Brand-new DELHI: India will take up with Pakistan the issue of air intrusion by a huge balloon which was shot down by a Sukhoi-30MKI after it was detected coming from across the border into the Barmer region of Rajasthan by IAF radars on Tuesday morning.
Though the “commercial” balloon manufactured by a US company did not contain any suspicious payload like sensors and cameras or any explosive material, sources said it could have actually been used to probe Indian air defence capabilities. It’s a standard military practice to fly aircraft, helicopters, drones and the like near a border to test an adversary’s sensors and reaction time.
Interestingly, “Happy Birthday” and “CUPAFLOAT” were written on the helium-filled, 3-metre diameter balloon, which was at an altitude of 7.9-km when it was shot down by the Sukhoi at around 10.30am on Tuesday. Taking no chances amid a higher security alert around the country on Republic Day, the Sukhoi fired as several as 97 rounds from its 30mm GSh-301 auto-cannon at the balloon to ensure it was destroyed in the air.
The defence ministry has actually taken serious note of the episode, especially since the balloon was flying at an altitude much higher than that of helicopters, and asked the external affairs ministry to raise it with Pakistan.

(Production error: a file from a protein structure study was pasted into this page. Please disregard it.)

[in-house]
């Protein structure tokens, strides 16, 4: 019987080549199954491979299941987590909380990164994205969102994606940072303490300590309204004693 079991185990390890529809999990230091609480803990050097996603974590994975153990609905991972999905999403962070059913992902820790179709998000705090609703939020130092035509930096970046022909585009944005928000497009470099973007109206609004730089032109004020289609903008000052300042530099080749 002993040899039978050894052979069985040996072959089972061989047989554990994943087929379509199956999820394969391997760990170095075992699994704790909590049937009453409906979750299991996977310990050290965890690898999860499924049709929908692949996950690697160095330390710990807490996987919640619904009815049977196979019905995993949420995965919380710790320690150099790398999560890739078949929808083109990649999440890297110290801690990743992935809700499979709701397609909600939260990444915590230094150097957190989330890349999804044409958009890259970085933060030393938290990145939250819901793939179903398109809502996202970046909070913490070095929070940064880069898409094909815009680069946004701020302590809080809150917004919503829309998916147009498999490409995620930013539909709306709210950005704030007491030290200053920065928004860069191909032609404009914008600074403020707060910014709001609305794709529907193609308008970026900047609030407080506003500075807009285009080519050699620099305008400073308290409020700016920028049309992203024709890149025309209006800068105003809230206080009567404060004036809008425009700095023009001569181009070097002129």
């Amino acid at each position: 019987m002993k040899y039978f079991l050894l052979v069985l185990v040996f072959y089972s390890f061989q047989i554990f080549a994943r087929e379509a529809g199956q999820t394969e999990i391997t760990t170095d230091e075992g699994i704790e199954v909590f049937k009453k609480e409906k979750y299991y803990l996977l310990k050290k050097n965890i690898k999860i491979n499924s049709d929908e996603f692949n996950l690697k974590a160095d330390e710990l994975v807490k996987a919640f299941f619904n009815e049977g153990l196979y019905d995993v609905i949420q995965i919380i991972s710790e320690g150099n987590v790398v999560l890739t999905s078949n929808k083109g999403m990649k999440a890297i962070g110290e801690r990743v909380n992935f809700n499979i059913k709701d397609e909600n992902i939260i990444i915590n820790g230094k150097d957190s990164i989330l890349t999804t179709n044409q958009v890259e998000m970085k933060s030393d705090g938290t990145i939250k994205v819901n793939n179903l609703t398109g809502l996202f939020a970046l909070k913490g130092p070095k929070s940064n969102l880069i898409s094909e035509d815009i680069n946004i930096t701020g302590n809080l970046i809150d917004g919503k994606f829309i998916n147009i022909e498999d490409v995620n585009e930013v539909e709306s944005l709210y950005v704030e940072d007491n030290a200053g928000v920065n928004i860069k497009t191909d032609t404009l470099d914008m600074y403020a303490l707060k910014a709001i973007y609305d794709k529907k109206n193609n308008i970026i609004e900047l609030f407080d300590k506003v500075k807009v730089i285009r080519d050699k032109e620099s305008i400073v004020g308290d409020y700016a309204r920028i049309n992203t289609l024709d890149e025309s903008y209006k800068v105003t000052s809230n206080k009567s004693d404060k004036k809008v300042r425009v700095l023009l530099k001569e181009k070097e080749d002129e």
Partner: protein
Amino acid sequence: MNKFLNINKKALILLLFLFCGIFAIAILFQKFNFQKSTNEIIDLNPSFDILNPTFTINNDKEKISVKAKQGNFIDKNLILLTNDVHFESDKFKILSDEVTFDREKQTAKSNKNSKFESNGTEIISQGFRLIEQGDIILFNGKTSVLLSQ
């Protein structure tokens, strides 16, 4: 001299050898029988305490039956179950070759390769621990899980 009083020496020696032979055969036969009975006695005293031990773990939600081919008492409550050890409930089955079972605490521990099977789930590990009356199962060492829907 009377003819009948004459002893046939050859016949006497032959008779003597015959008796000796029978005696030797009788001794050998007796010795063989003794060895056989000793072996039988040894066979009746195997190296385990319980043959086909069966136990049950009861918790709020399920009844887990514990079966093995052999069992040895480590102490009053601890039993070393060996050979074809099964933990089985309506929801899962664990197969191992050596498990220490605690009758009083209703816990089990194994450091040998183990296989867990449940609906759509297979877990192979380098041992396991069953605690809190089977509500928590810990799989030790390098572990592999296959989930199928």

“Our radars picked up an unidentified, shiny flying object entering our airspace. A fighter was quickly scrambled (from the Jodhpur airbase) to intercept it. The jet shot it down. It was balloon. There was no payload,” said defence minister Manohar Parrikar, speaking on the sidelines of a function on Wednesday.
The IAF, in turn, said: “Due to heightened security alert, the balloon was shot down as it could have actually been carrying some payload. However, on analysis of the debris, it was established that there was no dangerous payload on it.”
All airbases usually maintain an ORP (operational readiness platform) round-the-clock. This includes two to three fighters being kept combat-ready in blast pens adjoining the runway at an airbase for immediate take-off whenever an alarm is sounded.
“The pilots, by rotation, are kept on duty for the ORP. They just have actually to zip-up their G-suits and run to the fighters with their helmets. It is supposed to take just three-four minutes from the time the hooter goes off to the actual taxing out of the fighters. The pilots are given their instructions once they are airborne,” said an officer.